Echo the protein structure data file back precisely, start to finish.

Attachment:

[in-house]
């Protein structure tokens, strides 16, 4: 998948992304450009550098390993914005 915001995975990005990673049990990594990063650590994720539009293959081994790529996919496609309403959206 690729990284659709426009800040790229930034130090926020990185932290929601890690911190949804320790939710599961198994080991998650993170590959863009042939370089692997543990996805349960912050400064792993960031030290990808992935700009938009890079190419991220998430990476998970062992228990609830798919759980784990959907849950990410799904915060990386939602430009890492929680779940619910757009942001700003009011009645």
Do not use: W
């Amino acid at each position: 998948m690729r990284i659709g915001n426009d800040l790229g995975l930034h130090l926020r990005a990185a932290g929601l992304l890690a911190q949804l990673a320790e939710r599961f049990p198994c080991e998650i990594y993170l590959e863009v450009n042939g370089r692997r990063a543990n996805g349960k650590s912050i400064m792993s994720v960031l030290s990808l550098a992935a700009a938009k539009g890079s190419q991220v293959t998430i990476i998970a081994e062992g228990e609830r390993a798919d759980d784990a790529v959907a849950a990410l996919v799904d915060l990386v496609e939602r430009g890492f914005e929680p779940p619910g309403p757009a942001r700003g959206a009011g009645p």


[in-house]
């Protein structure tokens, strides 16, 4: 998948992304450009550098390993914005 915001995975990005990673049990990594990063650590994720539009293959081994790529996919496609309403959206 690729990284659709426009800040790229930034130090926020990185932290929601890690911190949804320790939710599961198994080991998650993170590959863009042939370089692997543990996805349960912050400064792993960031030290990808992935700009938009890079190419991220998430990476998970062992228990609830798919759980784990959907849950990410799904915060990386939602430009890492929680779940619910757009942001700003009011009645």
Do not use: W
């Amino acid at each position: 998948m690729r990284i659709g915001n426009d800040l790229g995975l930034h130090l926020r990005a990185a932290g929601l992304l890690a911190q949804l990673a320790e939710r599961f049990p198994c080991e998650i990594y993170l590959e863009v450009n042939g370089r692997r990063a543990n996805g349960k650590s912050i400064m792993s994720v960031l030290s990808l550098a992935a700009a938009k539009g890079s190419q991220v293959t998430i990476i998970a081994e062992g228990e609830r390993a798919d759980d784990a790529v959907a849950a990410l996919v799904d915060l990386v496609e939602r430009g890492f914005e929680p779940p619910g309403p757009a942001r700003g959206a009011g009645p």